4iP Council speaks to Alex Smith, Intellectual Property Manager at the UK’s nuclear reprocessing and decommissioning site, Sellafield

20 October 2016

Innovating by necessity and the significance of patents, in an environment which calls for innovation and adaption of technologies for application in testing and sometimes unique circumstances.

Sellafield is a nuclear fuel reprocessing and decommissioning site, close to the village of Seascale on the Irish Sea coast of Cumbria, England. Alex Smith, head of Intellectual Property at Sellafield Ltd[1] explains how Sellafield achieves technology evolution both itself and through its supply chain and the effect of the patent system on this.

The Sellafield site measures 6 sq kilometres

What innovation takes place at Sellafield?

The focus of much of our development activity is on legacy nuclear waste management, which we conduct on behalf of the UK’s Nuclear Decommissioning Authority (NDA). The NDA owns 14 nuclear sites across the UK which contain redundant nuclear facilities, of which Sellafield is by far the largest. Much of our work is associated with a legacy of materials and redundant plants dating back to the 1940s and 50s. Our innovation relates to our approach to this.

Areas of technical and scientific focus include robotics, remote access technologies, decontamination, effluent treatment and radioactive waste encapsulation. Breakthrough innovations developed here have enabled us to manage our work more effectively, for example in clean-up processes for redundant nuclear waste treatment plants. We don’t generally patent as the focus of our work relates to work here at Sellafield and other NDA sites in the UK, rather than in commercial exploitation, particularly as in some cases the work relates to situations that are specific to us. An example of this would be work on dissolution processes for redundant plants that have processed waste streams unique to us. The NDA therefore holds only a small patent portfolio.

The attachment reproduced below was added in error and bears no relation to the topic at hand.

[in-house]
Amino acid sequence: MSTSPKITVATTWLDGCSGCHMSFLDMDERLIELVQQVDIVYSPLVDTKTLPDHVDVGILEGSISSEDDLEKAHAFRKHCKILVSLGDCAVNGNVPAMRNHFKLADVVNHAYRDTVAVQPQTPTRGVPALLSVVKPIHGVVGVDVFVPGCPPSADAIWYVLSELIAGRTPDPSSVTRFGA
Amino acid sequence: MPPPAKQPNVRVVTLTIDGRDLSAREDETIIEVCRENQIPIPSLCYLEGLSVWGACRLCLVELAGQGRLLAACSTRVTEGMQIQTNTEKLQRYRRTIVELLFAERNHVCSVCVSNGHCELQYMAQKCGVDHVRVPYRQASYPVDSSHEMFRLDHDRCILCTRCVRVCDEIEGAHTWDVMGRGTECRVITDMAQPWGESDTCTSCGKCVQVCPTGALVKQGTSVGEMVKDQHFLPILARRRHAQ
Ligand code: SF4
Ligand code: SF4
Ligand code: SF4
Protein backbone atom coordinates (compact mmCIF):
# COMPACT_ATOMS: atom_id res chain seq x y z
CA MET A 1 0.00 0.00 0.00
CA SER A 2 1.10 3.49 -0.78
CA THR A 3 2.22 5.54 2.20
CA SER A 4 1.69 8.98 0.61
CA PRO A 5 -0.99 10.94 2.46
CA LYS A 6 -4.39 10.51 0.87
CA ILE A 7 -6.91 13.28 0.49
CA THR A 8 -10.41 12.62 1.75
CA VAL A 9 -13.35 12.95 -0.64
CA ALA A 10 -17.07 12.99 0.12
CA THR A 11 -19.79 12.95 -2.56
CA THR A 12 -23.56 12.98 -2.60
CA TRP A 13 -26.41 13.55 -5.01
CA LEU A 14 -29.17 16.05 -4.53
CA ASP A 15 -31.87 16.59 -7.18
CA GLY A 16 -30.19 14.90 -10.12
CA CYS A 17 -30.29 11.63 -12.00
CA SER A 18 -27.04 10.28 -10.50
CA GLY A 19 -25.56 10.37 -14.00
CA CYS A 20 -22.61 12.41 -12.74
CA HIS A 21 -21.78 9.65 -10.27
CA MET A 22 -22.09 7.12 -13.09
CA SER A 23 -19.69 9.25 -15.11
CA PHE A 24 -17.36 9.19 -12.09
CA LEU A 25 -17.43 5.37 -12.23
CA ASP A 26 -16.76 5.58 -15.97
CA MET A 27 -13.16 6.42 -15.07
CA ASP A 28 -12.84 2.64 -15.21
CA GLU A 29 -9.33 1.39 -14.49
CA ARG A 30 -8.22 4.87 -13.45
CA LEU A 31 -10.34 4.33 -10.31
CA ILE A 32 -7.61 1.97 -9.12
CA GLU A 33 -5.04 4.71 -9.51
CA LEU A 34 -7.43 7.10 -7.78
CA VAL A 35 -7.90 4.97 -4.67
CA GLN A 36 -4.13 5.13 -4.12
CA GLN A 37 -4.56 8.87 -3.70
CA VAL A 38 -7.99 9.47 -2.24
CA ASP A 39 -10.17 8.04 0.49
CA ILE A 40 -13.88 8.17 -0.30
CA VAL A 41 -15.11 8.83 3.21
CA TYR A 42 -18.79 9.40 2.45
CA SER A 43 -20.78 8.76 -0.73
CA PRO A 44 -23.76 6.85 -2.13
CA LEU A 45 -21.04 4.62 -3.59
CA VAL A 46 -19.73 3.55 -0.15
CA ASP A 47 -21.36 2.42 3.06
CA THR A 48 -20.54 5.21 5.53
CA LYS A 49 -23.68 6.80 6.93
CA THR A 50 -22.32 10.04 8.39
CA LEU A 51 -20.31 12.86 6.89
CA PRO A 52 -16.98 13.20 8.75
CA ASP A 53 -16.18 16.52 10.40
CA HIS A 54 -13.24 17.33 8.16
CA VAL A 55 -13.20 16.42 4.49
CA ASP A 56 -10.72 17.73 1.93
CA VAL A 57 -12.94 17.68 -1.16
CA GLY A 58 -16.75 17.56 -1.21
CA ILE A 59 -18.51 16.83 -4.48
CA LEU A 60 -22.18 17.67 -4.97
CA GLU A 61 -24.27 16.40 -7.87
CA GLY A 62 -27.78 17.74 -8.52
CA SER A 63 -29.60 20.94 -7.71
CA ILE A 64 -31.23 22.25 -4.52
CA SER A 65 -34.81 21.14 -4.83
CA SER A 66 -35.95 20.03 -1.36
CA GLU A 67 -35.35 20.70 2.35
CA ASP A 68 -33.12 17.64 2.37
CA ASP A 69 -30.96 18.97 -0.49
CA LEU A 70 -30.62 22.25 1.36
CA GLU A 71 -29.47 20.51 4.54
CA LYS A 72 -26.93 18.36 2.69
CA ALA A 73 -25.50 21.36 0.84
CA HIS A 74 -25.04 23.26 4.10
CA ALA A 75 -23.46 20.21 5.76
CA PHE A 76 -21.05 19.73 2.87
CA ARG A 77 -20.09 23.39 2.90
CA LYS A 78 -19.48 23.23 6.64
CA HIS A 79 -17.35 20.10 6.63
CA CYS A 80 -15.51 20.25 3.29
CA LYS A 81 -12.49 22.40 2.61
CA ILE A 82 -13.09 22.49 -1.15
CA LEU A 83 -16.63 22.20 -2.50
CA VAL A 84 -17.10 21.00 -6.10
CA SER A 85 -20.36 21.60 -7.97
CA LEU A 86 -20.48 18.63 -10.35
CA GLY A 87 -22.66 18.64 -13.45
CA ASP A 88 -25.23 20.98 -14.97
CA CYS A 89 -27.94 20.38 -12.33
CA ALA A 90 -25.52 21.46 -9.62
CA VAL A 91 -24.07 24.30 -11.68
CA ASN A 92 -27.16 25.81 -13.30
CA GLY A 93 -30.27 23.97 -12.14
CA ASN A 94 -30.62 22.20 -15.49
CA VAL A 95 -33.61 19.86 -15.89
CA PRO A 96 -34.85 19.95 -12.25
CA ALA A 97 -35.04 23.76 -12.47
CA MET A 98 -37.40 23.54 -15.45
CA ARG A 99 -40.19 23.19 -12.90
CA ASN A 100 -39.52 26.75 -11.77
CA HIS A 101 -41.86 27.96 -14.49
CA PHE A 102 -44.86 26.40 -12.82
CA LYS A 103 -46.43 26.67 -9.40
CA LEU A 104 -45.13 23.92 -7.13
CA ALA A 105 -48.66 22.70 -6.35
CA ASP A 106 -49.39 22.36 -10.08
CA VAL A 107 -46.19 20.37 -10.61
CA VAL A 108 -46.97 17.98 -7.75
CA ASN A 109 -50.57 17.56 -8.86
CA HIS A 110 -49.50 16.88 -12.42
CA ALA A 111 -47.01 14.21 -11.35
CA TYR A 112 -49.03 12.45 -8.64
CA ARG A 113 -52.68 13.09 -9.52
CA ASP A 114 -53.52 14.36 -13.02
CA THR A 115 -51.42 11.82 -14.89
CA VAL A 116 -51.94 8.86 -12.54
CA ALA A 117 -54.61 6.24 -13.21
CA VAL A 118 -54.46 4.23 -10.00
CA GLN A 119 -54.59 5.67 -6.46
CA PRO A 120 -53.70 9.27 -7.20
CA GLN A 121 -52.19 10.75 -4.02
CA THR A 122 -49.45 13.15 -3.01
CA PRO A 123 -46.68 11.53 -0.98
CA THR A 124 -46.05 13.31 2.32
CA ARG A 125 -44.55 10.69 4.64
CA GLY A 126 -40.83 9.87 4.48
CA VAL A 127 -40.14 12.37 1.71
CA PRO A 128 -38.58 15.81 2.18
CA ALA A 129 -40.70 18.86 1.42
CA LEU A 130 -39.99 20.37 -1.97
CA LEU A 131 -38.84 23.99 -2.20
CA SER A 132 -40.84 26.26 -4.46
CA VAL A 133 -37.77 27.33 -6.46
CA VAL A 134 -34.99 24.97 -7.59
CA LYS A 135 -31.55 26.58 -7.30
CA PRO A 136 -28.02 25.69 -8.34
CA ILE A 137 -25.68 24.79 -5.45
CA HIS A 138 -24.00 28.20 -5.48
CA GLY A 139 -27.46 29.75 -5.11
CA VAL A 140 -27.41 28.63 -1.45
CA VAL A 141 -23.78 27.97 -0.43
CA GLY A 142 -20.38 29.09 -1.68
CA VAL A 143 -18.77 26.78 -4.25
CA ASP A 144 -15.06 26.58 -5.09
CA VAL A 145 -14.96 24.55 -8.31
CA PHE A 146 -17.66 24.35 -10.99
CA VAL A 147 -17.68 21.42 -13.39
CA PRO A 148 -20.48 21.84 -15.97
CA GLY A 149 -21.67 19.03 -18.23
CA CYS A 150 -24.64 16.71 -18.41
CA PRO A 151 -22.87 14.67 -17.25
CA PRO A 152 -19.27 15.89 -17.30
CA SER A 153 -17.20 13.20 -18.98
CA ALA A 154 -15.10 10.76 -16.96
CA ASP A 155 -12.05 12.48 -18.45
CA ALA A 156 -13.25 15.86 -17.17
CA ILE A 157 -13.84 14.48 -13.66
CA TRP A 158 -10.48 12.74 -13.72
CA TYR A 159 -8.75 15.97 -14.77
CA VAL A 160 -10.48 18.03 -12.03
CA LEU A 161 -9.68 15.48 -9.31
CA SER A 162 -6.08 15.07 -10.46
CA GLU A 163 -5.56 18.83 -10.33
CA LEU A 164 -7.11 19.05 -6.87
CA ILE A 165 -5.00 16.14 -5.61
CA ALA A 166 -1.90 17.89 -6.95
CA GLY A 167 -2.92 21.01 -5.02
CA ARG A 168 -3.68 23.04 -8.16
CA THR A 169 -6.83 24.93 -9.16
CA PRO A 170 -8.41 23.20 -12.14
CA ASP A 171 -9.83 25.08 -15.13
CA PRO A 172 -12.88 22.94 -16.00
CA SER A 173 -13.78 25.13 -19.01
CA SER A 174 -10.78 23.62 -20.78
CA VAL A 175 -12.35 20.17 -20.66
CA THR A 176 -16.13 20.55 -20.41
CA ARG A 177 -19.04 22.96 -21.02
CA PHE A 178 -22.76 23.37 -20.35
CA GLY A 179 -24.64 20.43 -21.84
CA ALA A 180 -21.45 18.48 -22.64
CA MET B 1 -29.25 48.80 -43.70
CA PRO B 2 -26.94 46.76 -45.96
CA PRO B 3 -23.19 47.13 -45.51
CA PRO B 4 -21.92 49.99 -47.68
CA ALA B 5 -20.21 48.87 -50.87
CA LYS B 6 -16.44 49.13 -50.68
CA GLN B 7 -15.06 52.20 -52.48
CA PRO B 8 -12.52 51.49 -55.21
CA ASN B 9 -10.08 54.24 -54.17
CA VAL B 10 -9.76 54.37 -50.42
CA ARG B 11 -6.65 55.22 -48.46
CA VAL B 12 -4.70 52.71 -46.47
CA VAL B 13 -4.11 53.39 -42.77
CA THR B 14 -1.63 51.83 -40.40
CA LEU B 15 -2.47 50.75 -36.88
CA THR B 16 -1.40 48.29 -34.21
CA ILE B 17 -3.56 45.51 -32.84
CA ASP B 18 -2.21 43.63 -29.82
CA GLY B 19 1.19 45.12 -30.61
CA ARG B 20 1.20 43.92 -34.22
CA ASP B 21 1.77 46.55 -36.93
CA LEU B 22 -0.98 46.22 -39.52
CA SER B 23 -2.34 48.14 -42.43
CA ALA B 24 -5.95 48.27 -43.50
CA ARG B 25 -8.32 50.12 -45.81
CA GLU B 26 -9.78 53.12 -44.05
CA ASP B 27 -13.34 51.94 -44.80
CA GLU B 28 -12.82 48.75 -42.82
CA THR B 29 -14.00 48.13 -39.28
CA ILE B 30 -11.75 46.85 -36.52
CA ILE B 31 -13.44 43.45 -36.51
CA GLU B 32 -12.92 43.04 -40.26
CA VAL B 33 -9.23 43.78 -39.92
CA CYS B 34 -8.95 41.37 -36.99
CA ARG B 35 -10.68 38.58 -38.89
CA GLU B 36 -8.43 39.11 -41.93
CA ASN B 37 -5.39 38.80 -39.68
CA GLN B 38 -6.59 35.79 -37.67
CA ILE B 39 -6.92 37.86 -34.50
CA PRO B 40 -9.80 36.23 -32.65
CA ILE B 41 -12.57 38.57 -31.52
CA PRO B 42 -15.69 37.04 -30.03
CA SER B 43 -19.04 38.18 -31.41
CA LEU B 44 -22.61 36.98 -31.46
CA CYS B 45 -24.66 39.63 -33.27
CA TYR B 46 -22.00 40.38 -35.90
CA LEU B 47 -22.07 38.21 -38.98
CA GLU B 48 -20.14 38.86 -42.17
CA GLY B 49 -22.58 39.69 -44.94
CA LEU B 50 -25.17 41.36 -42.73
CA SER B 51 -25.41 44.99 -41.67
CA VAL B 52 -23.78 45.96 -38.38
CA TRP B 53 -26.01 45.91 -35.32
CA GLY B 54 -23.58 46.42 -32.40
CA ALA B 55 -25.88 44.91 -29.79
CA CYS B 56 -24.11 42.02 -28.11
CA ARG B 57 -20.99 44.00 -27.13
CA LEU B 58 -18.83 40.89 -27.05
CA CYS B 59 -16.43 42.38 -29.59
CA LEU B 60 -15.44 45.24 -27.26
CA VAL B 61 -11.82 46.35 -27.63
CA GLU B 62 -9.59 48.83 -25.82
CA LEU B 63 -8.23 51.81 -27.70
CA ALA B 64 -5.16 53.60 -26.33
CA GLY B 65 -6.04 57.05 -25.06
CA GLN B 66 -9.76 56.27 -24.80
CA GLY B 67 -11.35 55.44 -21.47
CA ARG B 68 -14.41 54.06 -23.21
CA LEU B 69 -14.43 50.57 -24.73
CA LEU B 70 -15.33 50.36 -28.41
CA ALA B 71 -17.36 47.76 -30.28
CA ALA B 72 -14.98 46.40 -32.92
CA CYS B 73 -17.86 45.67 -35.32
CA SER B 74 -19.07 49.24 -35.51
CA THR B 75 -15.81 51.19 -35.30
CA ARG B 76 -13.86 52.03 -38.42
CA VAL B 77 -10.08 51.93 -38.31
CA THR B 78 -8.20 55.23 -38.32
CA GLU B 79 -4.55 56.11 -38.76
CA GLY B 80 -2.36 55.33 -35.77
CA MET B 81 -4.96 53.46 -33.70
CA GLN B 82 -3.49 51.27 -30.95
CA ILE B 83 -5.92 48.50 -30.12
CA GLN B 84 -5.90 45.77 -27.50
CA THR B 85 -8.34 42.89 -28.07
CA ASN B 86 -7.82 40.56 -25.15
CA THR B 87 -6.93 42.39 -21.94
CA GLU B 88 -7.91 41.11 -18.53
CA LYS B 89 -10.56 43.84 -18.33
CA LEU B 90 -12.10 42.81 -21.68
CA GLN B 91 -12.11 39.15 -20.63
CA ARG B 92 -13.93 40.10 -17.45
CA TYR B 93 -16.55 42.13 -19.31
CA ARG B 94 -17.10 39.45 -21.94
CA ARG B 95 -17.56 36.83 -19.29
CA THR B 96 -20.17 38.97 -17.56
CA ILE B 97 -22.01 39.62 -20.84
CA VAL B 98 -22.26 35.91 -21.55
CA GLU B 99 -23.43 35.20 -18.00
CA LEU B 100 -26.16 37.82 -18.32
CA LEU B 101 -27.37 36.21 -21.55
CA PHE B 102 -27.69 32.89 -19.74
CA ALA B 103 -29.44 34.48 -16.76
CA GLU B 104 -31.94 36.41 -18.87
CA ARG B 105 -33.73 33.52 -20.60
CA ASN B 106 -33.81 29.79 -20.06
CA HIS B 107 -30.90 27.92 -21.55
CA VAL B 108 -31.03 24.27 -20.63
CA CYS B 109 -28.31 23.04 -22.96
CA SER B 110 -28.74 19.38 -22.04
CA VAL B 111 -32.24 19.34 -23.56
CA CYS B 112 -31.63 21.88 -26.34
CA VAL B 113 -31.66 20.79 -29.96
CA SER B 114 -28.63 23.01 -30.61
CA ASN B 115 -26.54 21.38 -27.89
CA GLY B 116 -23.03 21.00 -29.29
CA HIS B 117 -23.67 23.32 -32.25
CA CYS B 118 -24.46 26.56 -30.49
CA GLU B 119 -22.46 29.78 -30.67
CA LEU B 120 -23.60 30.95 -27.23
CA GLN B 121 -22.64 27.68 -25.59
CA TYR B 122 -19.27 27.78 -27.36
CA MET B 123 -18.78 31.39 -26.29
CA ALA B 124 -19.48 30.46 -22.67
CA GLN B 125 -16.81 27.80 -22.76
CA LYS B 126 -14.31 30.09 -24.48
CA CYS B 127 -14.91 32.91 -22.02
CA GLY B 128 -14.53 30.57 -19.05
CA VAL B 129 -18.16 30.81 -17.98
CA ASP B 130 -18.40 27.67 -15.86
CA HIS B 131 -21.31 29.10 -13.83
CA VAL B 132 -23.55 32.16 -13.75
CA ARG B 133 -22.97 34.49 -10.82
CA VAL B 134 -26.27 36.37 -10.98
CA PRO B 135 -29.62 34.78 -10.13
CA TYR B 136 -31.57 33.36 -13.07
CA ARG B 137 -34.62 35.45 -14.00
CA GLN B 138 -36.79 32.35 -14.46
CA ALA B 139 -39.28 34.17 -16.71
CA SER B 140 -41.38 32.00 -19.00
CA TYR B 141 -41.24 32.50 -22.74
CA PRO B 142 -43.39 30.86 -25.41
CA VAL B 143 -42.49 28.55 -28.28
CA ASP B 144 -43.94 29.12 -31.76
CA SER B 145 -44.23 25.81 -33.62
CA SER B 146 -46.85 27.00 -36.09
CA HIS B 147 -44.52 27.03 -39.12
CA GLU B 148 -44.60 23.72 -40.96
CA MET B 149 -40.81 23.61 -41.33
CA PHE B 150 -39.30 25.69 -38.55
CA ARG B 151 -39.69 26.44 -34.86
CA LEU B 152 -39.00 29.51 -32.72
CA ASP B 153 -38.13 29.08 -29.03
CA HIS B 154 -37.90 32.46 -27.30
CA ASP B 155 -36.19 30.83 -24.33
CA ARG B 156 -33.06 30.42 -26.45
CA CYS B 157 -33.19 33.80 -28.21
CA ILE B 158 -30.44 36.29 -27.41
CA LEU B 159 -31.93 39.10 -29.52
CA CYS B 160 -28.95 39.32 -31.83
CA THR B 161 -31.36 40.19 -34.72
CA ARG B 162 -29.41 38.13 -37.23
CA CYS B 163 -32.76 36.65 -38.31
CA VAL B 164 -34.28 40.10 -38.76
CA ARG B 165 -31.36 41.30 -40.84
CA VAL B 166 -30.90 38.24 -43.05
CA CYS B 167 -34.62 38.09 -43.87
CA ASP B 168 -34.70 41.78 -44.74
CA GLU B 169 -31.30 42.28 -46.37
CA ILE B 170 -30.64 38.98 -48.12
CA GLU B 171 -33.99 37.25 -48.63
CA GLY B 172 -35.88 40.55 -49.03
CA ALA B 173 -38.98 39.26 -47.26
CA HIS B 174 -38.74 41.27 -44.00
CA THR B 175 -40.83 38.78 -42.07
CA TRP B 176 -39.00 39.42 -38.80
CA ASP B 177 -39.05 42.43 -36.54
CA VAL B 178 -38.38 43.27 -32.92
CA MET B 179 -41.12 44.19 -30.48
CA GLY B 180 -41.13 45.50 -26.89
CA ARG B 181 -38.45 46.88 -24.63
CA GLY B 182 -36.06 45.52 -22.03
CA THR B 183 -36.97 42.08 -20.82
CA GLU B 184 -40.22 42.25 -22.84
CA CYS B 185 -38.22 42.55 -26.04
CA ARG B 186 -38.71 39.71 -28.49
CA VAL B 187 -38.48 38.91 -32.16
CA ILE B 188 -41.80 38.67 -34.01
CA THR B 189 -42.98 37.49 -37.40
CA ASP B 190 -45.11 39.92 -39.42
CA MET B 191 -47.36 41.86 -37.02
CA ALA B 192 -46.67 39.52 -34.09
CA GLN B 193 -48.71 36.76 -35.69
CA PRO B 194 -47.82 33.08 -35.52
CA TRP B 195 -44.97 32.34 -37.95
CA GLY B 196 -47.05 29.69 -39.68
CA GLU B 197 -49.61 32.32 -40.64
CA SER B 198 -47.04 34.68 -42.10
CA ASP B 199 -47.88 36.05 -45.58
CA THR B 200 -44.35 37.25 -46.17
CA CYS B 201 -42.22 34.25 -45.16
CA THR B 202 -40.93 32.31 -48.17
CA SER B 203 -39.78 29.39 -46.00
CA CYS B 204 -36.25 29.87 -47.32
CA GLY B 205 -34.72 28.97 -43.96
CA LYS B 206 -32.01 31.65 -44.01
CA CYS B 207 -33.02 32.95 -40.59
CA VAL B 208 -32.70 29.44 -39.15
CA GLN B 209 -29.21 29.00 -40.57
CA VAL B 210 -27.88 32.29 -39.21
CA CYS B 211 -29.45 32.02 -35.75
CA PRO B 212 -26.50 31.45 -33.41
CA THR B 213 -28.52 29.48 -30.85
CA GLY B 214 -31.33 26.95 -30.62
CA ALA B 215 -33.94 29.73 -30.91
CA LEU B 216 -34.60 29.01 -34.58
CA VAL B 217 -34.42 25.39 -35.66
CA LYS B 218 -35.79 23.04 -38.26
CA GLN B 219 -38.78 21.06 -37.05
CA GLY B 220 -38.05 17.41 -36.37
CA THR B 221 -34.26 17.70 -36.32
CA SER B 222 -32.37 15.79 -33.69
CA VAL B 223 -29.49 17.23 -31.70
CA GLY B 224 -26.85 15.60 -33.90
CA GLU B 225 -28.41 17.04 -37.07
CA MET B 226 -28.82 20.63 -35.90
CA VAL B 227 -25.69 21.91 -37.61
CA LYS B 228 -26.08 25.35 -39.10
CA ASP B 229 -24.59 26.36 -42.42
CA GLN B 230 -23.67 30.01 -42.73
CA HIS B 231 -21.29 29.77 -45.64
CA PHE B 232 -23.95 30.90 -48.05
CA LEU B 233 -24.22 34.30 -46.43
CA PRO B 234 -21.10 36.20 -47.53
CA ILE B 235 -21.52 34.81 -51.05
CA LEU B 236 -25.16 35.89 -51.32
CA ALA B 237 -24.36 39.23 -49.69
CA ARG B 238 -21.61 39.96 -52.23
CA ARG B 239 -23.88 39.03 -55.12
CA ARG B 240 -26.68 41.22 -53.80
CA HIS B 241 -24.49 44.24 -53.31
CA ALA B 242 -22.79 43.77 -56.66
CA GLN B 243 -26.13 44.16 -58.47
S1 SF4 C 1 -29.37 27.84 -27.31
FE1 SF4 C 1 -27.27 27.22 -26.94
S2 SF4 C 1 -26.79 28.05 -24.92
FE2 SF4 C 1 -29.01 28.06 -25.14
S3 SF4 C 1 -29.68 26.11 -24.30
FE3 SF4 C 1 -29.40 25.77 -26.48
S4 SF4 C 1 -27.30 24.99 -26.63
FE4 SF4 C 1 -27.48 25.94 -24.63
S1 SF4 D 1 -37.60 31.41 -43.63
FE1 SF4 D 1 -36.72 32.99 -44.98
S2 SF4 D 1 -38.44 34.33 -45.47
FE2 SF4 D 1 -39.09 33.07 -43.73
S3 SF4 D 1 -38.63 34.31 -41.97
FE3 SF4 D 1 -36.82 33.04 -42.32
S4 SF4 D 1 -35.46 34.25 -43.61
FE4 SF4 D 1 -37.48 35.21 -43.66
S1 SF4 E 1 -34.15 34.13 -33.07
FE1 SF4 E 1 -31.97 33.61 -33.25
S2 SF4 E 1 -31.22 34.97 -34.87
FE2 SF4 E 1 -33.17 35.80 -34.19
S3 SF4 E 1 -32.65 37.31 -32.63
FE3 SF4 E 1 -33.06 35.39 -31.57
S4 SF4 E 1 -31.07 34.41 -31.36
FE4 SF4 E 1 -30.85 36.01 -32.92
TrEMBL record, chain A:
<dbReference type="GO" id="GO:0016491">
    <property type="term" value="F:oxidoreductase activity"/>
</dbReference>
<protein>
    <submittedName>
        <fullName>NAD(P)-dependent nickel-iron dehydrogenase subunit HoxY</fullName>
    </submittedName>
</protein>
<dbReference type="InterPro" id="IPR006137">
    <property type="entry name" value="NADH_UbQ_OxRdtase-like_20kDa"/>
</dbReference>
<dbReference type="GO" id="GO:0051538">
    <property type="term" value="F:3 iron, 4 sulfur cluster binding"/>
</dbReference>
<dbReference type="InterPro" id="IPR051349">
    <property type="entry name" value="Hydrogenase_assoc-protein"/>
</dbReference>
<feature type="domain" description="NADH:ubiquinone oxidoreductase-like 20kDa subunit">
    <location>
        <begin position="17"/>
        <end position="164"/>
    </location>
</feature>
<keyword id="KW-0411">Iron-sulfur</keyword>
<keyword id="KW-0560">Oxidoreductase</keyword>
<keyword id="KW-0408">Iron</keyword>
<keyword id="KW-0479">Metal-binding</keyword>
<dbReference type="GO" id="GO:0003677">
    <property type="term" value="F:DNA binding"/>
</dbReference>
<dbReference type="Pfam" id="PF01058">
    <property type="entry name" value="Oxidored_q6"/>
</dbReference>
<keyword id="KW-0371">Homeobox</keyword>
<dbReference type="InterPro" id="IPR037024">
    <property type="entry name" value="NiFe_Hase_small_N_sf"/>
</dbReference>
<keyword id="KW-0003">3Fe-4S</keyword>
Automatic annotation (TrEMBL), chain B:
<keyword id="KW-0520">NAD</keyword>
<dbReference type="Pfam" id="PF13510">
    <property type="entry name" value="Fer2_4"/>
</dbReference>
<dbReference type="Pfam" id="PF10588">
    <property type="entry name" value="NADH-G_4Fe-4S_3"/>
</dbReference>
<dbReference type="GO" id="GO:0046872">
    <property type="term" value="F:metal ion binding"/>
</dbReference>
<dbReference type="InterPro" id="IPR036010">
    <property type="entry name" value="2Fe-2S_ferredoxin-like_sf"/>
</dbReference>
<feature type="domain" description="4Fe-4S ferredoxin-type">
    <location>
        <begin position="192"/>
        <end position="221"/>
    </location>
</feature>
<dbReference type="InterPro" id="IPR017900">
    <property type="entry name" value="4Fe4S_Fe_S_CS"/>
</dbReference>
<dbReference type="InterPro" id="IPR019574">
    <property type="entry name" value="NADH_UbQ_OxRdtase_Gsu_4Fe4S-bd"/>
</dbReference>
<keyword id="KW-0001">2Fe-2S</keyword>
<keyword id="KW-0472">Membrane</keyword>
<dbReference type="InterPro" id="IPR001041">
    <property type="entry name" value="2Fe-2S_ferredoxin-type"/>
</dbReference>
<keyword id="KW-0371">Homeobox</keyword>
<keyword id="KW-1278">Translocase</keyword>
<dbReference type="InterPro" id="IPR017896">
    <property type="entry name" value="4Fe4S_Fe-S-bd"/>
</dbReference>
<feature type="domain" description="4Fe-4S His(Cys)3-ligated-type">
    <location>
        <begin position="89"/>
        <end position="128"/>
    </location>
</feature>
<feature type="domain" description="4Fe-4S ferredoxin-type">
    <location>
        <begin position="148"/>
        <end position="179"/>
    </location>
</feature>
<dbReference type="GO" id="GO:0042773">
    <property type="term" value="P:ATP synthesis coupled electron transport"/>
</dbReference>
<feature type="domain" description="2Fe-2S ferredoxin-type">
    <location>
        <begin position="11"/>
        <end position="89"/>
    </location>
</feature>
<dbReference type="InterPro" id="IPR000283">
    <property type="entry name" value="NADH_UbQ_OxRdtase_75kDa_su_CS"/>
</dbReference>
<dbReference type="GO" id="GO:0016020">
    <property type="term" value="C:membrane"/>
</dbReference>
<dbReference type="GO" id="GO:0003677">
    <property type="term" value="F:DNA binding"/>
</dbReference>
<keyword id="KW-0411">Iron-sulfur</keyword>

In terms of IP (and specifically patents) we are generally more interested in acquiring access to technology and on freedom to use matters than in seeking protection for innovations for commercial exploitation. Much of my work relates to the contractual aspects of securing such access.

Do patents help?

Restrictions placed by patents are a bit like taxes; they impose an obligation upon us, but in the absence of such a regime, the systems that produce the things we depend upon would not function.

Alex Smith, Head of Intellectual Property
at Sellafield Ltd on the patent system.

As primarily a user of technology, would you support a weaker patent system?

No, I would not. While this might be perceived as helpful in the immediate term, being pragmatic, it wouldn’t work in the longer term because of the negative effect it would have on R&D investment. Restrictions placed by patents are a bit like taxes; they impose an obligation on us, but in the absence of this the result would be a failure of the systems that drive innovation. I therefore don’t perceive the weakening of the patent system to be a credible solution.